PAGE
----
lots to consider all right.
boat lenght certainly is important but unfortunately it is important only to you! I was thrilled and happy with a 16 ft Wayfarer for years. Now a 34 seems about right. My charter experience leans me to over 30 feet and sailing shorthanded about 32 feet. there is room below and the deck is short enough for a scamper to untangle something but long enough to stow things on and to get rid of that corky ride you get in little sailboats.
Things I have come to appreciate are a tiller or auto pilot, GPS, radar, and a good Antenna (yes, antenna and connections) on a modern VHF which has the digital selective code and panic button. Charts that never see the cockpit: nav table only--so they stay good and don't go overboard. I also have come to appreciate blown out lines, whether they are from the head or galley or related to engine cooling, and a simple steering rig, I like tillers.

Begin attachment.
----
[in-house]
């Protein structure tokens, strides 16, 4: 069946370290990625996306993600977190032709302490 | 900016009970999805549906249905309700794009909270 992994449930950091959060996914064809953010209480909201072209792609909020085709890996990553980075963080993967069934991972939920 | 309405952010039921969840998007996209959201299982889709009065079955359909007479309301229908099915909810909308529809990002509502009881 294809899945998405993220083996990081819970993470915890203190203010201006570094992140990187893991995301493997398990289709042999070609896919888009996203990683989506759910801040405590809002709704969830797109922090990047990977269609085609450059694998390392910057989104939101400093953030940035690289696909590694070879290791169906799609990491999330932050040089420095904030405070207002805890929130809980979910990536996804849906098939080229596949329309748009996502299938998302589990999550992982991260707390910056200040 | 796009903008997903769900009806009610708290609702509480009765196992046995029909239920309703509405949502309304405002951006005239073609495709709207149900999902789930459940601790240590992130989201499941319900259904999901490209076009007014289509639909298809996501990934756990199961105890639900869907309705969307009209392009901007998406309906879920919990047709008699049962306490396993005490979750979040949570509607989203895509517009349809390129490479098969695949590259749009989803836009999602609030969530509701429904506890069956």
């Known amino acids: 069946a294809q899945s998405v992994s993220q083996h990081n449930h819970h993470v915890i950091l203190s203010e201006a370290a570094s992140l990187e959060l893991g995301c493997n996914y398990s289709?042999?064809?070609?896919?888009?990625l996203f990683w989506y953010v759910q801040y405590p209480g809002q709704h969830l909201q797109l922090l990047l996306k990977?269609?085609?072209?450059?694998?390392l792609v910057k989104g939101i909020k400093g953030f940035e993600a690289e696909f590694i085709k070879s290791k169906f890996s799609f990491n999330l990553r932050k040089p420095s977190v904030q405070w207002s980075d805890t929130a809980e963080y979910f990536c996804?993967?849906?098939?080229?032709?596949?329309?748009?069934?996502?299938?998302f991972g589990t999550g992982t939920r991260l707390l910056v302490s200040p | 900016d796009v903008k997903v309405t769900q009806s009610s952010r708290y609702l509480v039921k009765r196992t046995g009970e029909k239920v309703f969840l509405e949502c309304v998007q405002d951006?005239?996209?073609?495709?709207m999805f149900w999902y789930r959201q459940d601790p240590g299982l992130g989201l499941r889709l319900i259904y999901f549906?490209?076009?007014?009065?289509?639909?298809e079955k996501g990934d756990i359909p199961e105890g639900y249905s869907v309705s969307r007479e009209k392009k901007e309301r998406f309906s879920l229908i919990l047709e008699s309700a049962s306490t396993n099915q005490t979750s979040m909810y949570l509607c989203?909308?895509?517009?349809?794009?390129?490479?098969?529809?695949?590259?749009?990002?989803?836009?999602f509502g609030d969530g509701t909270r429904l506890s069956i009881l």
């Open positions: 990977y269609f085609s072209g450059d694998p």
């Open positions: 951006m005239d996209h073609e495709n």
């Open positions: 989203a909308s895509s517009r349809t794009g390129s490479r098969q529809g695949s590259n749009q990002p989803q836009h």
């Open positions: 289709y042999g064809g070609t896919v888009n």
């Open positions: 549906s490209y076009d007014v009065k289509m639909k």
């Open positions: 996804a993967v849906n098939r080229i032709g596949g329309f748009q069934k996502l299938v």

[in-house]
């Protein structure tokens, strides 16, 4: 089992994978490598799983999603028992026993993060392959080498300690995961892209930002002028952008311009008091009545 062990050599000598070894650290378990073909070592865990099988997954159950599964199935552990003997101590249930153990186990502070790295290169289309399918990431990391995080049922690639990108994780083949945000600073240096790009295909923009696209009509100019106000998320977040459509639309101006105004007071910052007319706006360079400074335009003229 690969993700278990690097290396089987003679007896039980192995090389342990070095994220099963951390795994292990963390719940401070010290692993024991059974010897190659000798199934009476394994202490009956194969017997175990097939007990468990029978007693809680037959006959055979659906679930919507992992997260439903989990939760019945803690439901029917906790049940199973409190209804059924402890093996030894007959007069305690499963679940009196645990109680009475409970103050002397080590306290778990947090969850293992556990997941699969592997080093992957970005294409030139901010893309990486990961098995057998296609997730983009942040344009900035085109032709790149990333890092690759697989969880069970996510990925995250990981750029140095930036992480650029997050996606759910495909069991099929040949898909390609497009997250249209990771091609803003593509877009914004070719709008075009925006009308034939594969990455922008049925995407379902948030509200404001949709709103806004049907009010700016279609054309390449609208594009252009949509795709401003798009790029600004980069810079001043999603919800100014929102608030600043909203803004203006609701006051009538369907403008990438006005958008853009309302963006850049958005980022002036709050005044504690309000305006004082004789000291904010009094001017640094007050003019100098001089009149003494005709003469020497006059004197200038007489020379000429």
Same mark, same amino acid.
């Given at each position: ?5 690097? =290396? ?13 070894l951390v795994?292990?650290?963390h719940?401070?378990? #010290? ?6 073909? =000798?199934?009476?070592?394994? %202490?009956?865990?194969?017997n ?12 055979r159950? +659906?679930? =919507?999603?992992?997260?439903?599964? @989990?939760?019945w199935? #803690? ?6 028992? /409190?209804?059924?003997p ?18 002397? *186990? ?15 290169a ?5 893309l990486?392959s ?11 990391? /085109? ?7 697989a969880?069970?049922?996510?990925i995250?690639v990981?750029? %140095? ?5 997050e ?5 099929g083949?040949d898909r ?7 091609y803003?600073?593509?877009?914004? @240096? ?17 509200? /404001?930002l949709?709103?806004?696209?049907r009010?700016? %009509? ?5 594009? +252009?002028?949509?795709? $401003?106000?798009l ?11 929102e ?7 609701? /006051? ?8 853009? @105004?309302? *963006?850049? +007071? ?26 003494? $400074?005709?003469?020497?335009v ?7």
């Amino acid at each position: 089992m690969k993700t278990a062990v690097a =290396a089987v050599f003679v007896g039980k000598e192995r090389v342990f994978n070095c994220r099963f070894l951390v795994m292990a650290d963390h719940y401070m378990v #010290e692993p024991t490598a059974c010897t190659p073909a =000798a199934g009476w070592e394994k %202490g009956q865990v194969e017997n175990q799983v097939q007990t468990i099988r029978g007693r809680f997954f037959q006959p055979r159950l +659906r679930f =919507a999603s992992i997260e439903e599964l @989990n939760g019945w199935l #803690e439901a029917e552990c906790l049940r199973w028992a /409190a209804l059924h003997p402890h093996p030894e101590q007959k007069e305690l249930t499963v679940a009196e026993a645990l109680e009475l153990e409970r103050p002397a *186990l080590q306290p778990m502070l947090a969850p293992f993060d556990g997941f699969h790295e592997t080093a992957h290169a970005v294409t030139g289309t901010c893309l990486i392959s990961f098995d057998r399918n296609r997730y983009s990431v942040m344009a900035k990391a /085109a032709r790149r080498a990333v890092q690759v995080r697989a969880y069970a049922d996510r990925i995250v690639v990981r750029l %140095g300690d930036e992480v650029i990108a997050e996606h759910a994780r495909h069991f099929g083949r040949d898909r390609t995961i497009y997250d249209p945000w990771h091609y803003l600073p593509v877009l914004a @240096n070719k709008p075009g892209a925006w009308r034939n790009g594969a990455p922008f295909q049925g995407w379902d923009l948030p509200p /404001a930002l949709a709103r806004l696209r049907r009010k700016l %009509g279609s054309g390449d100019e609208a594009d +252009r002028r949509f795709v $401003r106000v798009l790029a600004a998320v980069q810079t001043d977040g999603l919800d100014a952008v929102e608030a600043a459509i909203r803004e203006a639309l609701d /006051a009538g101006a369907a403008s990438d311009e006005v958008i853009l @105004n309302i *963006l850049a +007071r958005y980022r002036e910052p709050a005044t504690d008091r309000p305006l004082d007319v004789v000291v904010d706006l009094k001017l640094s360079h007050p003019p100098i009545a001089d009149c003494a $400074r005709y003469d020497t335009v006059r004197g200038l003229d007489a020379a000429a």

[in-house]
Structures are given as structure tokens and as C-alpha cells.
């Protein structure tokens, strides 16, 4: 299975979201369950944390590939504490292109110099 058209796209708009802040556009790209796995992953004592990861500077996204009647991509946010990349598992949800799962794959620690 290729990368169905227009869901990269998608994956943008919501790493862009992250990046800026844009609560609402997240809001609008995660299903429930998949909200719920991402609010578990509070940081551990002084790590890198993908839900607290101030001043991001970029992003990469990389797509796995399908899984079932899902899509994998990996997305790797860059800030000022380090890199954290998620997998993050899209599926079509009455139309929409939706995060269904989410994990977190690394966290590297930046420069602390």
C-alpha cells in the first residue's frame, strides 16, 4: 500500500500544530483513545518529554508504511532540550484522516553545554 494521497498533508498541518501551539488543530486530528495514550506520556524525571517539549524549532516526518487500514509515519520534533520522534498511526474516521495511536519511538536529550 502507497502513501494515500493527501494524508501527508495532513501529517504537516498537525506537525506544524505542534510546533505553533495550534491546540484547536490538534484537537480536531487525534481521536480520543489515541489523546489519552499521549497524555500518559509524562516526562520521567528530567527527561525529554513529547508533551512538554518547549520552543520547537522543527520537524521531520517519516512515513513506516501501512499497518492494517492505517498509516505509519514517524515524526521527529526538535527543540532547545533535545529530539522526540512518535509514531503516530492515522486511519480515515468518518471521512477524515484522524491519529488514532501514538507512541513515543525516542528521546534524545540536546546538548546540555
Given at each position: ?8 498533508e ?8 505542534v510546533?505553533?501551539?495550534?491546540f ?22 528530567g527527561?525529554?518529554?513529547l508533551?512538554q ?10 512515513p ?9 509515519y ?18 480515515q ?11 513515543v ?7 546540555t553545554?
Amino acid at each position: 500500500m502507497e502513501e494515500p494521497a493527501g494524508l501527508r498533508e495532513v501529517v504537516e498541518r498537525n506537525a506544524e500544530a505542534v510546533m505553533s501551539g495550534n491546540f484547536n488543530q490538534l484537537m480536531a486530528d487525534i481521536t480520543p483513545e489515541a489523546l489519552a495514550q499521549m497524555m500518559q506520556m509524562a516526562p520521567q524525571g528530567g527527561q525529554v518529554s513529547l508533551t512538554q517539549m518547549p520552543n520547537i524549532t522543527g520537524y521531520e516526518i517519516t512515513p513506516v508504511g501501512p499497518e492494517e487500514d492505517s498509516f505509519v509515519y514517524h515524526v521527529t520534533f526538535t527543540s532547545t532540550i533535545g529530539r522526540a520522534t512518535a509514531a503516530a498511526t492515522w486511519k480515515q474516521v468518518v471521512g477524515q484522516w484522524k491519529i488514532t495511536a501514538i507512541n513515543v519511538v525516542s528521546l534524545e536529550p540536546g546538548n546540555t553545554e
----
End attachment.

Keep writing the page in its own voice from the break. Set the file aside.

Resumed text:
The boat has to be able to lock down in a blow, and that means the rigging as well as your dinghy. The lockers belowdecks esp. under the salon seats need wingnuts on them to prevent them dumping in wild water. Somehow you have to be able to hotbunk in the aft cabin because if you get into it the veeberth is good for stowage and little more. Someone who can turn out decent food without chundering is valuable on a long trip.
As for personnel, you need folks that can look, see, and do. You are going to be exhausted if you are constantly consulted on sail trim and navigation. Also a sense of teamwork, with a little forgiveness for screwing up, which you will all take turns at.
I prioritize as follows: firstly it's the wind and water you are in... then the size and condition of the boat and its rigging for that water. Then it is about the crew and their physical/mental shape and experience. Finally it is about the safety of the passengers. Put these in any other priority and you are going to have a tale to tell.